Gov. Lujan Grisham issues statement on Supreme Court decision in Indian Child Welfare Act Case
SANTA FE – Gov. Michelle Lujan Grisham on Thursday issued a statement in response to the United States Supreme Court’s decision in the Brackeen v. Haaland case:
“Throughout history, the child welfare system harmed Native children and their families by disregarding and disrespecting their culture,” said Gov. Lujan Grisham. “Today, the court recognized what we already know – the critical importance of sustaining a child’s connection to their cultural identity. That’s why in 2022 the Legislature passed, and I signed the Indian Family Protection Act, codifying the federal Act in our state. By upholding the Indian Child Welfare Act, we ensure this connection is protected today and for future generations. The Supreme Court made the right decision by acknowledging the importance of this Act and its positive impact on children, families, communities, and sovereign nations.”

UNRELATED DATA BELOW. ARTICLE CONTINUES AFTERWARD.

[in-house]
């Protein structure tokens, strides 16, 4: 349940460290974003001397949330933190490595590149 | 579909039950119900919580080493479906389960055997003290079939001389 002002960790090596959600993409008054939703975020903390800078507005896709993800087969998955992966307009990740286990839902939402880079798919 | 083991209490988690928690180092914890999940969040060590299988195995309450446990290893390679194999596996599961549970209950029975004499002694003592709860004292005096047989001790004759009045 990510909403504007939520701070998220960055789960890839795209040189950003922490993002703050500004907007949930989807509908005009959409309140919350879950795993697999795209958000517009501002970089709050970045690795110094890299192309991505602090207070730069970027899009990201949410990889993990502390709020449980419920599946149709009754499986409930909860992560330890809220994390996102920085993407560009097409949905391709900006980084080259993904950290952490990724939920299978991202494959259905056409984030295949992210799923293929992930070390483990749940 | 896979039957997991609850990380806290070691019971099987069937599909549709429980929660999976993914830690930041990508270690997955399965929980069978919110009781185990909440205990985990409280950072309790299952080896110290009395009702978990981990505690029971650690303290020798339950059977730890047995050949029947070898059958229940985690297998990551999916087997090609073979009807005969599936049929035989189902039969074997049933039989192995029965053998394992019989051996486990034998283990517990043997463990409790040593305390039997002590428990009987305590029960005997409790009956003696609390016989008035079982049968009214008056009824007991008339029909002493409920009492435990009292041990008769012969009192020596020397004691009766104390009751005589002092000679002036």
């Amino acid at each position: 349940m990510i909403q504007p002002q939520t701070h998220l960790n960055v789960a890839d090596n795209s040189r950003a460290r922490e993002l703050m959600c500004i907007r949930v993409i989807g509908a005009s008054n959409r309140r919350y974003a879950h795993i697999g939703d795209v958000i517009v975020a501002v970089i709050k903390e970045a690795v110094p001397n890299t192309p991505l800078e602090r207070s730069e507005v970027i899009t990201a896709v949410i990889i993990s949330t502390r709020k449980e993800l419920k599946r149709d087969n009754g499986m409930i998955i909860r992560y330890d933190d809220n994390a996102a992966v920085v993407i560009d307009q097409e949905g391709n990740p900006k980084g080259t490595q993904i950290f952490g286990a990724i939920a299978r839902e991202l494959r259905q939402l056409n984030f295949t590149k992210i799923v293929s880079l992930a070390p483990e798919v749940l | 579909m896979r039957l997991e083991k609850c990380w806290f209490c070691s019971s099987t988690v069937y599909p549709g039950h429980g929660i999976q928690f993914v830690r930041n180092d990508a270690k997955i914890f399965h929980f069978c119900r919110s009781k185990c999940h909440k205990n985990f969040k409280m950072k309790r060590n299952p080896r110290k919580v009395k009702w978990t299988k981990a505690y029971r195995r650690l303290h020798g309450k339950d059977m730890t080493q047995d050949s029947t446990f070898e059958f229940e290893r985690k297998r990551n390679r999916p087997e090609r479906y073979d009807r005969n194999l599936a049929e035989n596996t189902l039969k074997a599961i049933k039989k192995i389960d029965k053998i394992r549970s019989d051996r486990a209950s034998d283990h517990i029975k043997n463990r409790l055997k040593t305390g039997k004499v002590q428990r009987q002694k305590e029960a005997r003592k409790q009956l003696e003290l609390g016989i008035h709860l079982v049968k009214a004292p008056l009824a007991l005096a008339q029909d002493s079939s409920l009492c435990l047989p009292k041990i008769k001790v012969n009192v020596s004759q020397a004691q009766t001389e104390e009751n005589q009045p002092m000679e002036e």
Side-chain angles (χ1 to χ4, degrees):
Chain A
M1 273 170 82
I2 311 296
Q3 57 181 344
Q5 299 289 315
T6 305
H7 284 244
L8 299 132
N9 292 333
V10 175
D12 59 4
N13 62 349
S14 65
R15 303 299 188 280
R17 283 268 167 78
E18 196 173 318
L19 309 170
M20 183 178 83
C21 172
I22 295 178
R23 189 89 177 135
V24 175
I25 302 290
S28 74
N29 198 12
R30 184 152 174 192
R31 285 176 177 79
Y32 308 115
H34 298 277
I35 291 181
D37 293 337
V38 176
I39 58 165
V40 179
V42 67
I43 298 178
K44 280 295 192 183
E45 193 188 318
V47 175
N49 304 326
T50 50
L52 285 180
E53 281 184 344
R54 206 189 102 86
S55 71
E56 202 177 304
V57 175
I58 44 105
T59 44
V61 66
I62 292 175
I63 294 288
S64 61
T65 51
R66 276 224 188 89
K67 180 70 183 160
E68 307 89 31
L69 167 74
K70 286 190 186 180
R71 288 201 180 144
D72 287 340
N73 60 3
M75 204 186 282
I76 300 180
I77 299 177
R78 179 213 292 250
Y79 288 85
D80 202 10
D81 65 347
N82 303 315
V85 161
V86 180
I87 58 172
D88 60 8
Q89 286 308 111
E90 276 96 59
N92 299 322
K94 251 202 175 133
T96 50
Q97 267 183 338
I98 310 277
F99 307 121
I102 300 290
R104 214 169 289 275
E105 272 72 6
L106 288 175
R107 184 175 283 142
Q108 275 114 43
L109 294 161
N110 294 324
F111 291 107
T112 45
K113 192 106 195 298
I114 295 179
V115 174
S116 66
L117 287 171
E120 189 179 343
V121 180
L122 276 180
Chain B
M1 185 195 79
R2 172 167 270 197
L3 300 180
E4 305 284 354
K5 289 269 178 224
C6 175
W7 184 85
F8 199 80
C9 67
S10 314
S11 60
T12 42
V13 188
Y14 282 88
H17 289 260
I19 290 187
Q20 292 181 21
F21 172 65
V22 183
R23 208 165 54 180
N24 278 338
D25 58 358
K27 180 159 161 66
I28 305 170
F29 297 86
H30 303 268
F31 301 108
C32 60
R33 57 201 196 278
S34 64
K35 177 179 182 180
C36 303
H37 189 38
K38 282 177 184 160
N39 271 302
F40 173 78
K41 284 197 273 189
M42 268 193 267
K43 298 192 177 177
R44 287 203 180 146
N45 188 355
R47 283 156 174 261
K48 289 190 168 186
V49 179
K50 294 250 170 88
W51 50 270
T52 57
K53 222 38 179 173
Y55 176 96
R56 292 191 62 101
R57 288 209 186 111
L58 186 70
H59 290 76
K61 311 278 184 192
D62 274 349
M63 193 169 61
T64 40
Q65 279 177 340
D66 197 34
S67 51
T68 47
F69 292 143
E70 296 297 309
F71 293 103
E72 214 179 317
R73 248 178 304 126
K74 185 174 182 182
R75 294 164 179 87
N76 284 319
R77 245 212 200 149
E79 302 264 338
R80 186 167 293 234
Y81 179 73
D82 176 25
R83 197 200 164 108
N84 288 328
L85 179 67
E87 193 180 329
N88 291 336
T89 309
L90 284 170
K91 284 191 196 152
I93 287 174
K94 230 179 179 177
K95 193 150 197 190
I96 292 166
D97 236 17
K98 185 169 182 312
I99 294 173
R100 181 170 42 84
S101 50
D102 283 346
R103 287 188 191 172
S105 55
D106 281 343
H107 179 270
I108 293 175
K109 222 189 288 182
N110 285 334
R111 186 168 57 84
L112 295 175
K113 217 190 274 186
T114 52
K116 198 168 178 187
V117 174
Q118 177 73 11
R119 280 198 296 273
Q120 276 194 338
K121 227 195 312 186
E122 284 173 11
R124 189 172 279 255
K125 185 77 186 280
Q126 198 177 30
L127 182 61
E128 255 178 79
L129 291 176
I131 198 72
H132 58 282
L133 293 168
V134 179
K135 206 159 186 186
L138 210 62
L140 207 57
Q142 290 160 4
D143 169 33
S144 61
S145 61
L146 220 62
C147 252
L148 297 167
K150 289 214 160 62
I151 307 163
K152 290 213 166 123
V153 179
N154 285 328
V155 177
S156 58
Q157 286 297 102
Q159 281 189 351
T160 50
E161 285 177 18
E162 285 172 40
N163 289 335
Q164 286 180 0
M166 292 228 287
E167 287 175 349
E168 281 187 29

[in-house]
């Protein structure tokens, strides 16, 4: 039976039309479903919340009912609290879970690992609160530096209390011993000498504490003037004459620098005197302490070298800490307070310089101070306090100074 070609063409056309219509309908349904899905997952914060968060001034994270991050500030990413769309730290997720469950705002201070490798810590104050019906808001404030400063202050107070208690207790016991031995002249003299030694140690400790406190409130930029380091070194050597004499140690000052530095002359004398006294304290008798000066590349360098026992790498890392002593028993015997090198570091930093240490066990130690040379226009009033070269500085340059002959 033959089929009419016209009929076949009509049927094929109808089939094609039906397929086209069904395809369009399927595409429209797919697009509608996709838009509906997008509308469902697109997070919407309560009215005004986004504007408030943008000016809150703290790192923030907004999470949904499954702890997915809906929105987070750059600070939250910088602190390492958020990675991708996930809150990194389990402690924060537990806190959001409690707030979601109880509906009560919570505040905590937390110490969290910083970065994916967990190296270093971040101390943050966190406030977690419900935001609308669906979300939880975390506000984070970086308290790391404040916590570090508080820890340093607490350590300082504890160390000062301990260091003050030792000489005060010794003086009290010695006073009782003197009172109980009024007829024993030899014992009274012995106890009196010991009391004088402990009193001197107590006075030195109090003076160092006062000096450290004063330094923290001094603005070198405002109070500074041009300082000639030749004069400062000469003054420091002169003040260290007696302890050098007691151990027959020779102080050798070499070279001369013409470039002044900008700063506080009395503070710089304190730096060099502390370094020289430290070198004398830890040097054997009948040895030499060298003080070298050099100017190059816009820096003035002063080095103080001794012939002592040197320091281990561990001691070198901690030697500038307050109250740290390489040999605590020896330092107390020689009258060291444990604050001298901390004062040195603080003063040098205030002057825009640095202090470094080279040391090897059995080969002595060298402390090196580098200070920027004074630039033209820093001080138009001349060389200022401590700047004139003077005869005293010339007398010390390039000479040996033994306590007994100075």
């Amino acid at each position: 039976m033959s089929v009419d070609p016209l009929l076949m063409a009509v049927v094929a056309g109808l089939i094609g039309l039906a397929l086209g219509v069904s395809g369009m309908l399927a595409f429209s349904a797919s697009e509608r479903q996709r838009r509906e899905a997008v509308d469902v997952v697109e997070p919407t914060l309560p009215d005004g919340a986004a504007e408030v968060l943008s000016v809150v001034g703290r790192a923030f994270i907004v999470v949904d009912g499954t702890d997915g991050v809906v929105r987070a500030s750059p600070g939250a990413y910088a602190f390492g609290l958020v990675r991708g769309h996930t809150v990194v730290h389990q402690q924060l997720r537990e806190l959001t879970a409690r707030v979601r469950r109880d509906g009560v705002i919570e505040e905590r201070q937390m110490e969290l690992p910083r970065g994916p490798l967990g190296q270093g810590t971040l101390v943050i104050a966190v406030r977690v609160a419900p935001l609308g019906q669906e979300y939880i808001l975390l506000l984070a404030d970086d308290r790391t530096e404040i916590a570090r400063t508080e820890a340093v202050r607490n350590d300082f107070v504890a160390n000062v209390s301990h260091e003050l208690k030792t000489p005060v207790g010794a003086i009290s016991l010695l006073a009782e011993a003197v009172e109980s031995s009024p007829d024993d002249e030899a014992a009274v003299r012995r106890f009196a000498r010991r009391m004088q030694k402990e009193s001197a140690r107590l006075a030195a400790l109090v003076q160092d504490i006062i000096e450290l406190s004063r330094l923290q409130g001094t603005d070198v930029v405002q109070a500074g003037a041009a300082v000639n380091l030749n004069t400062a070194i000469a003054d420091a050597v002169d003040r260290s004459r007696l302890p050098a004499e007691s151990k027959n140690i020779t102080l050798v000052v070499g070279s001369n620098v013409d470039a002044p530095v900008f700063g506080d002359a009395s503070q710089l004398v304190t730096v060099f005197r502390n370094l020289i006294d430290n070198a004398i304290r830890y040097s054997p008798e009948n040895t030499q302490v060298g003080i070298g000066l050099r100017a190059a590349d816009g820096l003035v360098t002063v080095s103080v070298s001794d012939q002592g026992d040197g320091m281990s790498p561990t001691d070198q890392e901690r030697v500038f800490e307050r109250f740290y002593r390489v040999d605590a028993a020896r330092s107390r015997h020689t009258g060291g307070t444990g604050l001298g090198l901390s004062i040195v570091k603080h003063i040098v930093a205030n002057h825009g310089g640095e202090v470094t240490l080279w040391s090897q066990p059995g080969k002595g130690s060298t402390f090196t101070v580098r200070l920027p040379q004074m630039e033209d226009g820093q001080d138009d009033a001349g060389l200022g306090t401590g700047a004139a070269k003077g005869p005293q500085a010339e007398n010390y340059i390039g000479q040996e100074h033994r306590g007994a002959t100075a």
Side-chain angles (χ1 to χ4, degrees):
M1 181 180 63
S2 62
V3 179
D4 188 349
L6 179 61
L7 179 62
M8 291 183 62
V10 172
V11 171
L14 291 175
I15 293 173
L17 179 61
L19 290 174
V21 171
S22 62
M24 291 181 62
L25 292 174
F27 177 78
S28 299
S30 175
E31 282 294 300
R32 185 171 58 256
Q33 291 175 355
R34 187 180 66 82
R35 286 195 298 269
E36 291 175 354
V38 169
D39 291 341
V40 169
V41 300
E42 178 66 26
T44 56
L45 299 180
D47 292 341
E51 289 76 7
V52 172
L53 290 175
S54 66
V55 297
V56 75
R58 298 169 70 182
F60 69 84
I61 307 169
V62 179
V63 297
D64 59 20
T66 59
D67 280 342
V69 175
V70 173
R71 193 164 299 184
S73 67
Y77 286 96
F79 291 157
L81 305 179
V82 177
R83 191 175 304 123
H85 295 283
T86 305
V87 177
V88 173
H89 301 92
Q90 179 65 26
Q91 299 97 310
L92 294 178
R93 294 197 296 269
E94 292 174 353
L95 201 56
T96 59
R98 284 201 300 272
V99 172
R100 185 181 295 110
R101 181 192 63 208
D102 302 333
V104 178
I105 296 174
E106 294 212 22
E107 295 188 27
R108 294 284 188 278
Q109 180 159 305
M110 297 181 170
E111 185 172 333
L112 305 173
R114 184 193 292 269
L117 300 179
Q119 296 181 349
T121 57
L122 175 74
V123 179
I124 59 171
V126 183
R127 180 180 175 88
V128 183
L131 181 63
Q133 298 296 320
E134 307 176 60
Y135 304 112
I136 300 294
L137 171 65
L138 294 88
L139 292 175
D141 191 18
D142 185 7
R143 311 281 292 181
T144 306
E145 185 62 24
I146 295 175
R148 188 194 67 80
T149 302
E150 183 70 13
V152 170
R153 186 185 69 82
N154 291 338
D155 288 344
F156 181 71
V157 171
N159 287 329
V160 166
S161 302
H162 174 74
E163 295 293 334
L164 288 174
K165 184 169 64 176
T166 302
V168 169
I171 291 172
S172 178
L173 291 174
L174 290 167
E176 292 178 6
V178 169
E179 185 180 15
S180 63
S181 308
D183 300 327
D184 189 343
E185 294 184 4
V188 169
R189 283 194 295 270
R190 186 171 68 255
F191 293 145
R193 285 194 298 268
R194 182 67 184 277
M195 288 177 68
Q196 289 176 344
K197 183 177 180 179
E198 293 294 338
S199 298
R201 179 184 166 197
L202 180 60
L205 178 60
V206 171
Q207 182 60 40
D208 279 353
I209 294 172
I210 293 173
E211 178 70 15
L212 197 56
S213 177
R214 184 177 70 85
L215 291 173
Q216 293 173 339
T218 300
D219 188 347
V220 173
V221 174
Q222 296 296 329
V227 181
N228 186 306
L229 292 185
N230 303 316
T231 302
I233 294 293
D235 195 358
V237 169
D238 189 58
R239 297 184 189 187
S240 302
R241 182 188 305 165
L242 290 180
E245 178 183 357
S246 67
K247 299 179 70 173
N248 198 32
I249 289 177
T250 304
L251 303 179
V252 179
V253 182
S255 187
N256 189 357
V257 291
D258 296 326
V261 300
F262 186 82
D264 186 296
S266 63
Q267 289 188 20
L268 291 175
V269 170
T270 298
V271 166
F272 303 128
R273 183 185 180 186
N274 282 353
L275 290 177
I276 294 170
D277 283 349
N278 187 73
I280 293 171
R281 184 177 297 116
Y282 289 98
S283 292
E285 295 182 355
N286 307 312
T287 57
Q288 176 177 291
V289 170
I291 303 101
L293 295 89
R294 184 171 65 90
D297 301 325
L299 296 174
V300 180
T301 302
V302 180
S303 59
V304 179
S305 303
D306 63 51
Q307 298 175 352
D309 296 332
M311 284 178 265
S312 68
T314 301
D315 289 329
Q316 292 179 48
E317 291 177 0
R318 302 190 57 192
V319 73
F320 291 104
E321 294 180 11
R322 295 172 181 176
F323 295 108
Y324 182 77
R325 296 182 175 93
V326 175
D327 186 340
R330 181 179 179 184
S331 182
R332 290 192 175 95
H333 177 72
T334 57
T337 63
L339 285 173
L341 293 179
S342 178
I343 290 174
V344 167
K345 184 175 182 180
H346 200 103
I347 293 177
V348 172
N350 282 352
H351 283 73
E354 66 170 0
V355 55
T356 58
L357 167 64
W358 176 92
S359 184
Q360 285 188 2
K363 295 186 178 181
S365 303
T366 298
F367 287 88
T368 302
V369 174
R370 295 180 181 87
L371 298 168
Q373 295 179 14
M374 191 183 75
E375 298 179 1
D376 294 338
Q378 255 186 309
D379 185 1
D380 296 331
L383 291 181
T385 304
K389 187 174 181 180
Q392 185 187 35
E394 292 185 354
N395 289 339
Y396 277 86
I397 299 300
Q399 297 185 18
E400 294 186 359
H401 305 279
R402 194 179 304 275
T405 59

This case involved the adoption of Native American children. The Indian Child Welfare Act (ICWA), a federal statute adopted in 1978 to safeguard the rights of Native American children and families, has been affirmed by the court.
“Upholding the Indian Child Welfare Act ensures that we can build on protections that promote coordinated efforts among Tribal nations and key partners to ensure that every Native child can maintain an ongoing connection to their community,” said Indian Affairs Department Secretary-Designate James R. Mountain.
On March 3, 2022, Gov. Lujan Grisham signed legislation that strengthens and expands protections for Native American children and families in the child welfare system. House Bill 135, the Indian Family Protection Act (IFPA) institutionalizes protections for Native American children and families, preventing the arbitrary removal of Indian children from their homes and Tribes.